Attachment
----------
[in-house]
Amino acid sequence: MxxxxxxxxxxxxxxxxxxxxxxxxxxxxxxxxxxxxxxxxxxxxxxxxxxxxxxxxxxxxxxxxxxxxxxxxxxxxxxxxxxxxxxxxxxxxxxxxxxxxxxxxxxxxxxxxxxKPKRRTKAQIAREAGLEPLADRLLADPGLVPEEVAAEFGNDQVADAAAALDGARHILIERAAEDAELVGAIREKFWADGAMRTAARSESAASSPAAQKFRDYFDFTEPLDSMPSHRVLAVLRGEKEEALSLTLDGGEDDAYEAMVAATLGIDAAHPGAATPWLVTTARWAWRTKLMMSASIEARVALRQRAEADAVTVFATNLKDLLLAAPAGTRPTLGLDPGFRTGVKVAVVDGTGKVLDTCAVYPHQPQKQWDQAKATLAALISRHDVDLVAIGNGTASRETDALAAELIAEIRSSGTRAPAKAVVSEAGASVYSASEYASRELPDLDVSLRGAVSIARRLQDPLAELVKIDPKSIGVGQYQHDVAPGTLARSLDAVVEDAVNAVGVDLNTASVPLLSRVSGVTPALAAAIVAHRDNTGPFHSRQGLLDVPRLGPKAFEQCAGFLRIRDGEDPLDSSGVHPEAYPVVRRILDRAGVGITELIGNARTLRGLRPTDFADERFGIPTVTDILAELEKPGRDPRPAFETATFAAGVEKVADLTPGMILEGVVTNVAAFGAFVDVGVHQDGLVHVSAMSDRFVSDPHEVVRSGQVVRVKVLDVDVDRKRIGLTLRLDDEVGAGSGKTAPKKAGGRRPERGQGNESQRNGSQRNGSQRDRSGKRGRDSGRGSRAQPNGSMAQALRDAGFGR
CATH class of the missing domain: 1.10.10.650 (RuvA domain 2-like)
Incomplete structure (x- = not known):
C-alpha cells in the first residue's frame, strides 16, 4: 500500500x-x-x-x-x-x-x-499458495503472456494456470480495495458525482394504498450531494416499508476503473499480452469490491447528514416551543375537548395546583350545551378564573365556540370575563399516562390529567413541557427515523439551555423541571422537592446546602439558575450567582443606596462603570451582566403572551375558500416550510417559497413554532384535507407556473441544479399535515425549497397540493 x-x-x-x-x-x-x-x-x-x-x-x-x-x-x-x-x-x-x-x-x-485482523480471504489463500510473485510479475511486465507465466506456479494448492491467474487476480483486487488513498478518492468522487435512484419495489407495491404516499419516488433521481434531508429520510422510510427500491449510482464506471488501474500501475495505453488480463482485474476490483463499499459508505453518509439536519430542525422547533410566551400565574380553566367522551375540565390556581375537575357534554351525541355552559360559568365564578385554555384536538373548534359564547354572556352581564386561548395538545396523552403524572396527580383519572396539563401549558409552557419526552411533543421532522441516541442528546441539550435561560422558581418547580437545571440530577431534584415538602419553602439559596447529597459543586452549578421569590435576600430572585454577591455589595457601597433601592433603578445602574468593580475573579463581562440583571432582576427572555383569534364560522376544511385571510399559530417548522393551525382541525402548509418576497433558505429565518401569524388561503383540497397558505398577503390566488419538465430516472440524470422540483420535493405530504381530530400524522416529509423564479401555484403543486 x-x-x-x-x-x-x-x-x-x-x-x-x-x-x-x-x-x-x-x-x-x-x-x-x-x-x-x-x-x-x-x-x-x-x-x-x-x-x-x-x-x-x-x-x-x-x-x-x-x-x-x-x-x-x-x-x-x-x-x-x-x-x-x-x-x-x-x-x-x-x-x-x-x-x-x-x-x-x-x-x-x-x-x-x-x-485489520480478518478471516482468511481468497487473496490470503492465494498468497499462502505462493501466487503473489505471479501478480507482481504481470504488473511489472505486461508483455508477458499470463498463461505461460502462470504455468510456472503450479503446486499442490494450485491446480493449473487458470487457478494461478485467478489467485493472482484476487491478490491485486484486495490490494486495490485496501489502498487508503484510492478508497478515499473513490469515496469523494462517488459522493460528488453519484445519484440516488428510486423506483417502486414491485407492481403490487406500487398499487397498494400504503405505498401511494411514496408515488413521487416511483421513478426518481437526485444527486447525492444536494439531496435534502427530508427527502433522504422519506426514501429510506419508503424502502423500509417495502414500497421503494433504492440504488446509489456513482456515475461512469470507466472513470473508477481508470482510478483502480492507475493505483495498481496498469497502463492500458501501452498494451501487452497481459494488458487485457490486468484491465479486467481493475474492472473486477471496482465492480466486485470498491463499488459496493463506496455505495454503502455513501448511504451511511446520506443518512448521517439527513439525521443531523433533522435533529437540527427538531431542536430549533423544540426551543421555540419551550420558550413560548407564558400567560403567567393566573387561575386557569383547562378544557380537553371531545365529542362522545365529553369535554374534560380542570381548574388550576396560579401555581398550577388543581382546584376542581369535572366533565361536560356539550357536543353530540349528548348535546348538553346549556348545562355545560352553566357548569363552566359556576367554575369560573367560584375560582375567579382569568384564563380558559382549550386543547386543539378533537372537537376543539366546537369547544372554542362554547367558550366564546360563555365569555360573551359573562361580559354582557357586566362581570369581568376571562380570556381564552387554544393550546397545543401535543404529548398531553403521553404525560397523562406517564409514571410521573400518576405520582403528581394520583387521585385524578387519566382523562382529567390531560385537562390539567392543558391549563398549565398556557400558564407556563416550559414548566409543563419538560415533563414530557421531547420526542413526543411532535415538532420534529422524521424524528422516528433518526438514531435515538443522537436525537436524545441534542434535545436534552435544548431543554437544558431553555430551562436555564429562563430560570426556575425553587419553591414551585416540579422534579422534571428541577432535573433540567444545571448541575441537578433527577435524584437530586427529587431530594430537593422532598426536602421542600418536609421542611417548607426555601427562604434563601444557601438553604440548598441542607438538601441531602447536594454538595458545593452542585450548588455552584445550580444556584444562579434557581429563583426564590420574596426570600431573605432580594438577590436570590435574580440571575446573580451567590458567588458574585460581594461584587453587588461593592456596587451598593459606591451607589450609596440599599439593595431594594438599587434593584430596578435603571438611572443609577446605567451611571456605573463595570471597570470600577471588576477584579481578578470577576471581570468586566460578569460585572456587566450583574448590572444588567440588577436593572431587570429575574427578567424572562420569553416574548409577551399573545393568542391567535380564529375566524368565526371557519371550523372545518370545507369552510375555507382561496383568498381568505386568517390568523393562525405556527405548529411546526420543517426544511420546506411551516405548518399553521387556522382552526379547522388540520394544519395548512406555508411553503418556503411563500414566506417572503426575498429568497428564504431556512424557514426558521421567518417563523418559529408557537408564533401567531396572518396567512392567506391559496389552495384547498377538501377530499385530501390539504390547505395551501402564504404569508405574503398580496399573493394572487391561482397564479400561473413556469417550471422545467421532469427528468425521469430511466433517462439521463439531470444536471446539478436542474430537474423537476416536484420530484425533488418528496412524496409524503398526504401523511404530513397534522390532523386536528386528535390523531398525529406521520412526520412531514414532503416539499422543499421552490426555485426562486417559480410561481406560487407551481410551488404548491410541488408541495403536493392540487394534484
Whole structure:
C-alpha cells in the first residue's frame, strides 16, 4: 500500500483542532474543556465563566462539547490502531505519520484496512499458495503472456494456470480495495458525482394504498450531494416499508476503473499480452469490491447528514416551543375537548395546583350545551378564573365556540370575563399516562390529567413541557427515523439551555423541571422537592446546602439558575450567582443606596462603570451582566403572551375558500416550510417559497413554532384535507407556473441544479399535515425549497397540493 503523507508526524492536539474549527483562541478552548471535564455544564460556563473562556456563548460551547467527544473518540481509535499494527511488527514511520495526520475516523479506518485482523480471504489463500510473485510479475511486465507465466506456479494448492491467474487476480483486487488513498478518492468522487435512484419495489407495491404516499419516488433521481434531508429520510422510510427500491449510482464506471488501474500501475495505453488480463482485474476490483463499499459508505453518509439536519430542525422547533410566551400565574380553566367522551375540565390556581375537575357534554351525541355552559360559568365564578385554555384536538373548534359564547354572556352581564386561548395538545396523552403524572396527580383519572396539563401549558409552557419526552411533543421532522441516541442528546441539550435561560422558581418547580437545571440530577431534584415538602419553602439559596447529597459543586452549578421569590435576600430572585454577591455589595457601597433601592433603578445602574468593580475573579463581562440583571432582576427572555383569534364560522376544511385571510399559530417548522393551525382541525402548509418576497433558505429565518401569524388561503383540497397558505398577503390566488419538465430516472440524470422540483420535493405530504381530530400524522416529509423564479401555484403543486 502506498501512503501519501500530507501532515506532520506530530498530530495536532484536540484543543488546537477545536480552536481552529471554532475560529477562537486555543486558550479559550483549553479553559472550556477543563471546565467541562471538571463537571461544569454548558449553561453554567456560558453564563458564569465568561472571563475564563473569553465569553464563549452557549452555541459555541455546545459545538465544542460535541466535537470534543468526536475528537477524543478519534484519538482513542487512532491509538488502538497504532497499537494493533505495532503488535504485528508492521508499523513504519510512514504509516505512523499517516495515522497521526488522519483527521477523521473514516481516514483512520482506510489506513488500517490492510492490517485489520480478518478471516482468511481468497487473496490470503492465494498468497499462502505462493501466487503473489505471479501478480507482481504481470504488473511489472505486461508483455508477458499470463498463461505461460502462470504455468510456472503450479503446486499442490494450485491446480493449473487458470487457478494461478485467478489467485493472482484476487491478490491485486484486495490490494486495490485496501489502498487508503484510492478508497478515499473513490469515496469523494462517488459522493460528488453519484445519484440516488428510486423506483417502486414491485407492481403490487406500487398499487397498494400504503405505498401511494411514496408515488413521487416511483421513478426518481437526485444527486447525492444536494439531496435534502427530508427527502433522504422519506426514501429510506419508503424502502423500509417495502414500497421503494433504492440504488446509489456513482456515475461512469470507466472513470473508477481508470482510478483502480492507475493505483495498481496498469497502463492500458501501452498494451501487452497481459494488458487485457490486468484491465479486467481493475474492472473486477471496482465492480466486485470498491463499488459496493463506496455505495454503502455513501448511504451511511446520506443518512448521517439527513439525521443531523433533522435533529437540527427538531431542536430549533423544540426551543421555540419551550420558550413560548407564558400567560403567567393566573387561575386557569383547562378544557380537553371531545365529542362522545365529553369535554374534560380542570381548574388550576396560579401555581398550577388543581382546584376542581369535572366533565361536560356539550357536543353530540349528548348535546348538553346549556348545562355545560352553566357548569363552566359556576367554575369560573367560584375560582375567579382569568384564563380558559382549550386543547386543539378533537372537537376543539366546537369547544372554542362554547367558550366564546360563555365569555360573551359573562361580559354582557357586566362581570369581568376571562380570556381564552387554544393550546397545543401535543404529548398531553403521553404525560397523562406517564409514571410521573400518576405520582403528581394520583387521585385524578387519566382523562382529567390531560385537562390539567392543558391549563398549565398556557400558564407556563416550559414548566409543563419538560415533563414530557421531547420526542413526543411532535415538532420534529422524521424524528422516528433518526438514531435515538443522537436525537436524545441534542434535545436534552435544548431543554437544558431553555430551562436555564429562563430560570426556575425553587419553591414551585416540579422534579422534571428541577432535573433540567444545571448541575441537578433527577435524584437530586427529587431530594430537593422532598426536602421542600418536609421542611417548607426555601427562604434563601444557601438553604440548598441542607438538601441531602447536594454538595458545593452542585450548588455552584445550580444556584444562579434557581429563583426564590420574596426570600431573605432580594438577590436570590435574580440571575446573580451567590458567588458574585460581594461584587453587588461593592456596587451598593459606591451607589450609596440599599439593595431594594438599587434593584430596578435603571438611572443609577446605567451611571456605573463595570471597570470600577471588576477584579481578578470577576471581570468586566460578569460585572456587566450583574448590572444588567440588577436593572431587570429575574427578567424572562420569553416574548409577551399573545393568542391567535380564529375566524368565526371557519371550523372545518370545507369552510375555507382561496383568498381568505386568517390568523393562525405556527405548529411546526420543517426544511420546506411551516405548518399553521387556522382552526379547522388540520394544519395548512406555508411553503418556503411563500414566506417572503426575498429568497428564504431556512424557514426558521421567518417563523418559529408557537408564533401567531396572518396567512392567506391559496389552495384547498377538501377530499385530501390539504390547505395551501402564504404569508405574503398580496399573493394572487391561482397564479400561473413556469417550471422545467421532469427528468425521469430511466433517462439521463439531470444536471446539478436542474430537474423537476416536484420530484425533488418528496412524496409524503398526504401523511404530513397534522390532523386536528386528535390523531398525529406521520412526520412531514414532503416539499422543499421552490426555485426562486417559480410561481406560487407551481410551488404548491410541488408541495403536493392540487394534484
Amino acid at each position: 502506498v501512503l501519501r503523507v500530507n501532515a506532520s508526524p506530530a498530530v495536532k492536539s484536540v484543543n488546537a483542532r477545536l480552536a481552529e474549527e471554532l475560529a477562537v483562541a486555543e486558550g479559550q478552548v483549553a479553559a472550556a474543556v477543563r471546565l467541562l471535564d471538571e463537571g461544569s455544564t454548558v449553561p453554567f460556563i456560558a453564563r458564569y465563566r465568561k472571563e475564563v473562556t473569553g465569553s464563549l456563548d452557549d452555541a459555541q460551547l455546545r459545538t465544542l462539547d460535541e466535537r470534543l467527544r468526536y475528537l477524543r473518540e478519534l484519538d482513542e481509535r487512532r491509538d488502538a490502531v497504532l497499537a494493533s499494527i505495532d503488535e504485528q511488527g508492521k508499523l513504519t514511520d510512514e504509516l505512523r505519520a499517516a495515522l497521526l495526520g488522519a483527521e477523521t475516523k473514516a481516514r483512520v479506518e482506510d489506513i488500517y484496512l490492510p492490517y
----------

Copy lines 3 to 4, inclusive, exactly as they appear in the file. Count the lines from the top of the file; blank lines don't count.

CATH class of the missing domain: 1.10.10.650 (RuvA domain 2-like)
Incomplete structure (x- = not known):